If you are landlord or tenantin dispute, or are a third party, there are three options available to resolve the dispute:
- Self resolution
If a dispute does arise, landlords and tenants are encouraged to try and resolve it immediately through open and fair communication as it is usually quicker, more cost effective and often less stressful. The key is at the start of the tenancy be clear about each other's rights and responsibilities.
Where possible, if a problem arises, discuss it promptly. Always keep lines of communication open, listen to what the other party has to say, and address the complaint in a timely manner. It is important that both the landlord and the tenants know their rights and carry out their responsibilities. It is important to make any requests in writing and keep records of all communication. If you are unable to resolve the issue or are unsure about the options available, contact the RTB.
Mediation is a free service provided by the RTB to tenants and landlords who have an issue with their tenancy.
The aim of mediation is to give landlords and tenants a shared understanding of the issue so they can work towards reaching a mutually satisfactory outcome and agreement. The mediation process is not based on examining evidence or determining who is right or wrong, but rather how parties can resolve the issue by working together. It is confidential and the outcomes are not published on the RTB website.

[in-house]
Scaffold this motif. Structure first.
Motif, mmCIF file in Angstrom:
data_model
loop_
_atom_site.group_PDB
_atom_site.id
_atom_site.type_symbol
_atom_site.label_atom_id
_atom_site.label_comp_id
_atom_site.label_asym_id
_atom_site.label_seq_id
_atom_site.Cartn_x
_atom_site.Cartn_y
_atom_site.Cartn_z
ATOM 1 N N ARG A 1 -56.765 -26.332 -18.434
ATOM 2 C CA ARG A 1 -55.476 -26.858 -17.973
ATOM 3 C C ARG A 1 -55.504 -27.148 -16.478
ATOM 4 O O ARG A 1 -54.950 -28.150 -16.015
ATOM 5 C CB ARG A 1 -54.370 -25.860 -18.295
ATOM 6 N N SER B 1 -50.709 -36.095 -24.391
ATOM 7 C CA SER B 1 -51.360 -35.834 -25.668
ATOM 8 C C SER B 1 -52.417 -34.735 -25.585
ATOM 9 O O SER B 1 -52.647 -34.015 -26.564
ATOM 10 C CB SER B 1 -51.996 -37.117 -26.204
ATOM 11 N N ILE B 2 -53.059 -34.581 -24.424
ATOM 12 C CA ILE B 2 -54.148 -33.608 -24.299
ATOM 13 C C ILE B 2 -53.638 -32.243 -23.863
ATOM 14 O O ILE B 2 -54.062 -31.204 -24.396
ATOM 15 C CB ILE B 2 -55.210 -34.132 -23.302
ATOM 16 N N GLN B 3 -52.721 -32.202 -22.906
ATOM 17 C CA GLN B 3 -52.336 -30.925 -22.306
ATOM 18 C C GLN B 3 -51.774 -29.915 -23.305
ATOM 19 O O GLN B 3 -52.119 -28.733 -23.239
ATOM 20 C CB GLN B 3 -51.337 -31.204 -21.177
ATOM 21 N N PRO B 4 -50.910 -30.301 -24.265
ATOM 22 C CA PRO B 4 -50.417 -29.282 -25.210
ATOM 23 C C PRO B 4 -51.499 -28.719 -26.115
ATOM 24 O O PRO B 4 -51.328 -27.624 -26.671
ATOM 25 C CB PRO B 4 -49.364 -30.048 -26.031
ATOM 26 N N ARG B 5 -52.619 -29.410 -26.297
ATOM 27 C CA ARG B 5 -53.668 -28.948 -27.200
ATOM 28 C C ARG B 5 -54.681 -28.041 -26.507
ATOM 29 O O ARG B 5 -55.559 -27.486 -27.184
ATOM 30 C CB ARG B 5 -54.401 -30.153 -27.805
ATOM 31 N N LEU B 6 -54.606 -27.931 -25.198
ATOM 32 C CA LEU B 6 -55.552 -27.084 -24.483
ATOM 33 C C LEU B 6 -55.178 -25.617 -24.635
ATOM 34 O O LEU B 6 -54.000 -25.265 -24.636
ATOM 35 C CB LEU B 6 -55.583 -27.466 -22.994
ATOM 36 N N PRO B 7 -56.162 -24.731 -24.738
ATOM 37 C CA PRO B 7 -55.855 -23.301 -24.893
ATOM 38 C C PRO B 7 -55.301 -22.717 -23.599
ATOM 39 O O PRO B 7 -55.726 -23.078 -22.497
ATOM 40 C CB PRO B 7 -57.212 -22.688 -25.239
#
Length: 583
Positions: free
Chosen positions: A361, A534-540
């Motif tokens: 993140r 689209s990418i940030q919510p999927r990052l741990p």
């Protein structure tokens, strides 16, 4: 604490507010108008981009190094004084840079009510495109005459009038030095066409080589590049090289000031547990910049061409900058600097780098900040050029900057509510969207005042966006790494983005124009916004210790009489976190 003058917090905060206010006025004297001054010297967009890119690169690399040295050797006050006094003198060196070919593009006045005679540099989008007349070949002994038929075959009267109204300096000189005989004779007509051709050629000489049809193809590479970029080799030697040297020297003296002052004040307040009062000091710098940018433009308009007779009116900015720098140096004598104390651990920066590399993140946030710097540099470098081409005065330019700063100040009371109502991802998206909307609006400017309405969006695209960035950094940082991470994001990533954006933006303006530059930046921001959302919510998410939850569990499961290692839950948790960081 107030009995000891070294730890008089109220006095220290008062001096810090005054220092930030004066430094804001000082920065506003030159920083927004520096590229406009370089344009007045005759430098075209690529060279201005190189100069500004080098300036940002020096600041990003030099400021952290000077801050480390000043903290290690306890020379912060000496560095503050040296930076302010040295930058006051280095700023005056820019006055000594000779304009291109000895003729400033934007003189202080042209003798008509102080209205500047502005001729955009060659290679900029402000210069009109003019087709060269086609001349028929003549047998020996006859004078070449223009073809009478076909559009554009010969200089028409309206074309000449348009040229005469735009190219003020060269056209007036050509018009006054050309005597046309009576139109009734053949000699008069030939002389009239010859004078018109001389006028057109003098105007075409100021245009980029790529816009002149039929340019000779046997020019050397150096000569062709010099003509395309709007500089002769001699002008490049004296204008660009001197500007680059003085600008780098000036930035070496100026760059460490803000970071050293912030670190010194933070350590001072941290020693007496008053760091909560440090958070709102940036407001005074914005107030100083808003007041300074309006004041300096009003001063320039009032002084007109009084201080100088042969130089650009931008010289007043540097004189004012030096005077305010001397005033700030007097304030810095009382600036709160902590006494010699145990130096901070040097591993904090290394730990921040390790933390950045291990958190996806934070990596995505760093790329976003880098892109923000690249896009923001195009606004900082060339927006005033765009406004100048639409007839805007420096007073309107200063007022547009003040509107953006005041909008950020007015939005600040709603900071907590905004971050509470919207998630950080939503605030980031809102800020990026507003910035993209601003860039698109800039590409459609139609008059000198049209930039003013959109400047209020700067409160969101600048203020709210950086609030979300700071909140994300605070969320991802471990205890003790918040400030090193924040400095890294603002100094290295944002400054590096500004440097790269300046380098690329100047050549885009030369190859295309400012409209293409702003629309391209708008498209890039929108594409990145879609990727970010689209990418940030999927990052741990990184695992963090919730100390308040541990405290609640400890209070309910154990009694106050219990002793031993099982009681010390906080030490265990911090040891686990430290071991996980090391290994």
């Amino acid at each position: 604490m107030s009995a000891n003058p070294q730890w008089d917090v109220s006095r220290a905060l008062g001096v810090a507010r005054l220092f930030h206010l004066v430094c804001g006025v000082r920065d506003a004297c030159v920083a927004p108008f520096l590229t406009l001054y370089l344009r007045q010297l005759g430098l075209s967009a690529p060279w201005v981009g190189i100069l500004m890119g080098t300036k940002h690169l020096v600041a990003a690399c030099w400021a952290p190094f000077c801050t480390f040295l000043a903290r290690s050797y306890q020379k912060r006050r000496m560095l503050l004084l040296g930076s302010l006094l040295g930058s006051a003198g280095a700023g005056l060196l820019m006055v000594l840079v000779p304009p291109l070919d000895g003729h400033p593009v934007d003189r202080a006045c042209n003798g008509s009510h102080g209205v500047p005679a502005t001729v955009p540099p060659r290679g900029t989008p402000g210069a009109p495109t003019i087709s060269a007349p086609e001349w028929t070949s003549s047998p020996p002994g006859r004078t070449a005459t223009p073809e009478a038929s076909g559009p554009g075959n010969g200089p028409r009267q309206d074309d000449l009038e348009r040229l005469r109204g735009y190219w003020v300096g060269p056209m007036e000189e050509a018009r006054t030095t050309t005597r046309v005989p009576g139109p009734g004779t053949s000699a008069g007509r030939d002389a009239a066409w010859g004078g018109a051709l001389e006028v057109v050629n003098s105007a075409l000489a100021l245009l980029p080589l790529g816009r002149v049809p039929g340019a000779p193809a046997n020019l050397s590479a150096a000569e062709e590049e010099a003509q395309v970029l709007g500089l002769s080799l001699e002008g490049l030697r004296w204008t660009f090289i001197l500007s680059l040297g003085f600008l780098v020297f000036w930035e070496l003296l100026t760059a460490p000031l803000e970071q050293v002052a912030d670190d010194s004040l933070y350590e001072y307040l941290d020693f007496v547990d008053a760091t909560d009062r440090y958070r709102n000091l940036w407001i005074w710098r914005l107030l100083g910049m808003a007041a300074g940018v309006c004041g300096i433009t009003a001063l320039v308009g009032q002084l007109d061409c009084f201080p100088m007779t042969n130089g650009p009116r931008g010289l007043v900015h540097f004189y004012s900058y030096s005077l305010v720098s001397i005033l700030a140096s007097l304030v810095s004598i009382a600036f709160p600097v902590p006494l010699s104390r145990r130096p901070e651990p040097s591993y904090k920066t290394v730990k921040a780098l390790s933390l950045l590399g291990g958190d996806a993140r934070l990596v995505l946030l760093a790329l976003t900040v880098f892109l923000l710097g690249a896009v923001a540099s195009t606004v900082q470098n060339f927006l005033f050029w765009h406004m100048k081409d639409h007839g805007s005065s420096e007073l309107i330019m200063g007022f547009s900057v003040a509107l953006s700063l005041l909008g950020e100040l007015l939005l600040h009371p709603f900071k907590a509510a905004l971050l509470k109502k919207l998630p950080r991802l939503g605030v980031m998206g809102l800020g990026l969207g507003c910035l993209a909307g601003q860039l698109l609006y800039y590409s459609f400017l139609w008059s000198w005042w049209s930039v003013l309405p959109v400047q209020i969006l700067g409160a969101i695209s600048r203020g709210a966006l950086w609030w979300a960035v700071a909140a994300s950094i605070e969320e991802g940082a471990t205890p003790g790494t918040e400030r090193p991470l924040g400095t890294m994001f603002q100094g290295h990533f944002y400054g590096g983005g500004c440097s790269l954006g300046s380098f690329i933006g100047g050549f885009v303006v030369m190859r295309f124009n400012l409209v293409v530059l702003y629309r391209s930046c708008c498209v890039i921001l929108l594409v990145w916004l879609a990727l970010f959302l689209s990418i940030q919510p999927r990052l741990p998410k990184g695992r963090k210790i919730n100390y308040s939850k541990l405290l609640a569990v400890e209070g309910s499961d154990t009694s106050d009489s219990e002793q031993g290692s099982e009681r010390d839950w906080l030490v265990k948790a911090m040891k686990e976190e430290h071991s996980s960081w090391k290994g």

Telephone mediation is a simple, convenient and efficient option for resolving issues. It is available at a time that is convenient to both parties. An independent and trained mediator will work with each party separately to reach a mutually acceptable agreement in a short period of time. As a result, most disputes are resolved quickly and without hassle.
If neither party withdraws from the agreement reached during mediation in the 10 day 'cooling off’ appeal period, the agreement will form the basis for a binding Determination Order. This gives the outcome of a case and sets out both the terms to be complied with and timescale for compliance.
If a mediation is not successful, one or both parties can apply to have the dispute dealt with by a Tenancy Tribunal.
At adjudication, both parties present their evidence to an independent adjudicator who makes a determination on the issues in dispute. The adjudicators’ decision is called a Determination which is drafted into a legally binding order called a Determination Order. This order is binding on the parties concerned.
RTB adjudication proceedings and the subsequent adjudicator’s report are confidential to the parties. However, the subsequent Determination Order in the case will be published on the RTB website and will list the names of the case parties and the rental property address.